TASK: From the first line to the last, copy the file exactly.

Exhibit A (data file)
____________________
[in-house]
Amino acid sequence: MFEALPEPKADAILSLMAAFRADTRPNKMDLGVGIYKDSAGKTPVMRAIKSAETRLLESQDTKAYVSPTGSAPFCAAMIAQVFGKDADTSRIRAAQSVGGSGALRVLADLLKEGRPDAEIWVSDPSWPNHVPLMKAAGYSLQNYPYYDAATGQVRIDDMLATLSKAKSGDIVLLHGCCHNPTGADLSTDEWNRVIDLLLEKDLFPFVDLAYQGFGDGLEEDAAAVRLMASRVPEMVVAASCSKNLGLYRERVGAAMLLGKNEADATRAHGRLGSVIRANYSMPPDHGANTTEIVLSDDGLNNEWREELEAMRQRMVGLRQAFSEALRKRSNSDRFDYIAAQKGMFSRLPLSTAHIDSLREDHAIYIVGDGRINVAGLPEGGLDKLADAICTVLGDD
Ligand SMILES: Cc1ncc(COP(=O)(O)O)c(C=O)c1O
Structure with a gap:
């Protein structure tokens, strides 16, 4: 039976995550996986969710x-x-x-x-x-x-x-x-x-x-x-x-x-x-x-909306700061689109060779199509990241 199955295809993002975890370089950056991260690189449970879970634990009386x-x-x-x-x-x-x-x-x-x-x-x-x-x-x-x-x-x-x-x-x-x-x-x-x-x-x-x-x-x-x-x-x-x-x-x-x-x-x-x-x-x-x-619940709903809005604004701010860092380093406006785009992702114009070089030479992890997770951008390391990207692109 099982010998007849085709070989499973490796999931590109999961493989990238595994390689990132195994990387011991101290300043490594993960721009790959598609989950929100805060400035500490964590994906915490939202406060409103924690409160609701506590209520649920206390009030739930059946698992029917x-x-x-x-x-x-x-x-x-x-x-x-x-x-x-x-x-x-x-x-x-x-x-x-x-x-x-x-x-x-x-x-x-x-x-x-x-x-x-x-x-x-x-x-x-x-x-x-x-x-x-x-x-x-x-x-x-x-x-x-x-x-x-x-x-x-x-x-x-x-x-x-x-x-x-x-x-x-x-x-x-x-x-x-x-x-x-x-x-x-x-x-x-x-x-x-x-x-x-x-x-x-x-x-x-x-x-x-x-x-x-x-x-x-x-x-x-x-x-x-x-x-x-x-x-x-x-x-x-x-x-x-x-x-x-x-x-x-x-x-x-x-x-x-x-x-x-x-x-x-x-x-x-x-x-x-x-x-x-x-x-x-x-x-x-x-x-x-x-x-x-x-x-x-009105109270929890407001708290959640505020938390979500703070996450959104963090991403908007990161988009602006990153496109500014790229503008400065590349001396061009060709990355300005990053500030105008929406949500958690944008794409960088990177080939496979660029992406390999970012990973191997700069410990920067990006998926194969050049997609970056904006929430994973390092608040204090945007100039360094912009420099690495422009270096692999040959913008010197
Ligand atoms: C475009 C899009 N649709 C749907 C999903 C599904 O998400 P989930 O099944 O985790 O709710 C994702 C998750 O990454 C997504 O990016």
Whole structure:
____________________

[in-house]
Amino acid sequence: MFEALPEPKADAILSLMAAFRADTRPNKMDLGVGIYKDSAGKTPVMRAIKSAETRLLESQDTKAYVSPTGSAPFCAAMIAQVFGKDADTSRIRAAQSVGGSGALRVLADLLKEGRPDAEIWVSDPSWPNHVPLMKAAGYSLQNYPYYDAATGQVRIDDMLATLSKAKSGDIVLLHGCCHNPTGADLSTDEWNRVIDLLLEKDLFPFVDLAYQGFGDGLEEDAAAVRLMASRVPEMVVAASCSKNLGLYRERVGAAMLLGKNEADATRAHGRLGSVIRANYSMPPDHGANTTEIVLSDDGLNNEWREELEAMRQRMVGLRQAFSEALRKRSNSDRFDYIAAQKGMFSRLPLSTAHIDSLREDHAIYIVGDGRINVAGLPEGGLDKLADAICTVLGDD
Ligand SMILES: Cc1ncc(COP(=O)(O)O)c(C=O)c1O
Structure with a gap:
């Protein structure tokens, strides 16, 4: 039976995550996986969710x-x-x-x-x-x-x-x-x-x-x-x-x-x-x-909306700061689109060779199509990241 199955295809993002975890370089950056991260690189449970879970634990009386x-x-x-x-x-x-x-x-x-x-x-x-x-x-x-x-x-x-x-x-x-x-x-x-x-x-x-x-x-x-x-x-x-x-x-x-x-x-x-x-x-x-x-619940709903809005604004701010860092380093406006785009992702114009070089030479992890997770951008390391990207692109 099982010998007849085709070989499973490796999931590109999961493989990238595994390689990132195994990387011991101290300043490594993960721009790959598609989950929100805060400035500490964590994906915490939202406060409103924690409160609701506590209520649920206390009030739930059946698992029917x-x-x-x-x-x-x-x-x-x-x-x-x-x-x-x-x-x-x-x-x-x-x-x-x-x-x-x-x-x-x-x-x-x-x-x-x-x-x-x-x-x-x-x-x-x-x-x-x-x-x-x-x-x-x-x-x-x-x-x-x-x-x-x-x-x-x-x-x-x-x-x-x-x-x-x-x-x-x-x-x-x-x-x-x-x-x-x-x-x-x-x-x-x-x-x-x-x-x-x-x-x-x-x-x-x-x-x-x-x-x-x-x-x-x-x-x-x-x-x-x-x-x-x-x-x-x-x-x-x-x-x-x-x-x-x-x-x-x-x-x-x-x-x-x-x-x-x-x-x-x-x-x-x-x-x-x-x-x-x-x-x-x-x-x-x-x-x-x-x-x-x-x-x-009105109270929890407001708290959640505020938390979500703070996450959104963090991403908007990161988009602006990153496109500014790229503008400065590349001396061009060709990355300005990053500030105008929406949500958690944008794409960088990177080939496979660029992406390999970012990973191997700069410990920067990006998926194969050049997609970056904006929430994973390092608040204090945007100039360094912009420099690495422009270096692999040959913008010197
Ligand atoms: C475009 C899009 N649709 C749907 C999903 C599904 O998400 P989930 O099944 O985790 O709710 C994702 C998750 O990454 C997504 O990016």
Whole structure: